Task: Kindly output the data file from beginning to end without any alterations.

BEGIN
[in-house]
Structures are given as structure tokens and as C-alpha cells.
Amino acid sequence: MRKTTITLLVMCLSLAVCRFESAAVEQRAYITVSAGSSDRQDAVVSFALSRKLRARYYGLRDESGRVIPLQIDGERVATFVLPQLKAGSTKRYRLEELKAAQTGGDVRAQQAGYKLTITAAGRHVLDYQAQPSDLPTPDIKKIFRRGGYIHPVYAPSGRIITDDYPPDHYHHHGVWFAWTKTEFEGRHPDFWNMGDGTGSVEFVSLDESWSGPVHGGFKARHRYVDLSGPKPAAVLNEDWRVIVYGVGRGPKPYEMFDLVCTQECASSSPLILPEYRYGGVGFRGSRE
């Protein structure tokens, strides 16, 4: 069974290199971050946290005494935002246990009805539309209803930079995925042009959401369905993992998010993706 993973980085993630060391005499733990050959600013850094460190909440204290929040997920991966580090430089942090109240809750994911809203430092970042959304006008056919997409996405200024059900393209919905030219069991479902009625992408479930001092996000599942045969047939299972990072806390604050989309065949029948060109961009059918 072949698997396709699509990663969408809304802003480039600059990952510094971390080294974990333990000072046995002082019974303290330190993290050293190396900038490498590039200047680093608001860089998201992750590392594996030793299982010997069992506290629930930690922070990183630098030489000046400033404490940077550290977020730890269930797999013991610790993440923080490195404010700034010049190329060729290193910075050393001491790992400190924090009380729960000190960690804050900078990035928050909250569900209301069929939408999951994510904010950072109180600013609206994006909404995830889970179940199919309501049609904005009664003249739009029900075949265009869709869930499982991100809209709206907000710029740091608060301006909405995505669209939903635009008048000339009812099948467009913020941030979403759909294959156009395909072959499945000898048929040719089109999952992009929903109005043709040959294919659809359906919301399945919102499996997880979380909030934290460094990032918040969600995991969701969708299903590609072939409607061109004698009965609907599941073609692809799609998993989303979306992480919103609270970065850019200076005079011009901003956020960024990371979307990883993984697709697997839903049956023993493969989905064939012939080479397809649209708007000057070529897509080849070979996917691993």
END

[in-house]
Structures are given as structure tokens and as C-alpha cells.
Amino acid sequence: MRKTTITLLVMCLSLAVCRFESAAVEQRAYITVSAGSSDRQDAVVSFALSRKLRARYYGLRDESGRVIPLQIDGERVATFVLPQLKAGSTKRYRLEELKAAQTGGDVRAQQAGYKLTITAAGRHVLDYQAQPSDLPTPDIKKIFRRGGYIHPVYAPSGRIITDDYPPDHYHHHGVWFAWTKTEFEGRHPDFWNMGDGTGSVEFVSLDESWSGPVHGGFKARHRYVDLSGPKPAAVLNEDWRVIVYGVGRGPKPYEMFDLVCTQECASSSPLILPEYRYGGVGFRGSRE
């Protein structure tokens, strides 16, 4: 069974290199971050946290005494935002246990009805539309209803930079995925042009959401369905993992998010993706 993973980085993630060391005499733990050959600013850094460190909440204290929040997920991966580090430089942090109240809750994911809203430092970042959304006008056919997409996405200024059900393209919905030219069991479902009625992408479930001092996000599942045969047939299972990072806390604050989309065949029948060109961009059918 072949698997396709699509990663969408809304802003480039600059990952510094971390080294974990333990000072046995002082019974303290330190993290050293190396900038490498590039200047680093608001860089998201992750590392594996030793299982010997069992506290629930930690922070990183630098030489000046400033404490940077550290977020730890269930797999013991610790993440923080490195404010700034010049190329060729290193910075050393001491790992400190924090009380729960000190960690804050900078990035928050909250569900209301069929939408999951994510904010950072109180600013609206994006909404995830889970179940199919309501049609904005009664003249739009029900075949265009869709869930499982991100809209709206907000710029740091608060301006909405995505669209939903635009008048000339009812099948467009913020941030979403759909294959156009395909072959499945000898048929040719089109999952992009929903109005043709040959294919659809359906919301399945919102499996997880979380909030934290460094990032918040969600995991969701969708299903590609072939409607061109004698009965609907599941073609692809799609998993989303979306992480919103609270970065850019200076005079011009901003956020960024990371979307990883993984697709697997839903049956023993493969989905064939012939080479397809649209708007000057070529897509080849070979996917691993």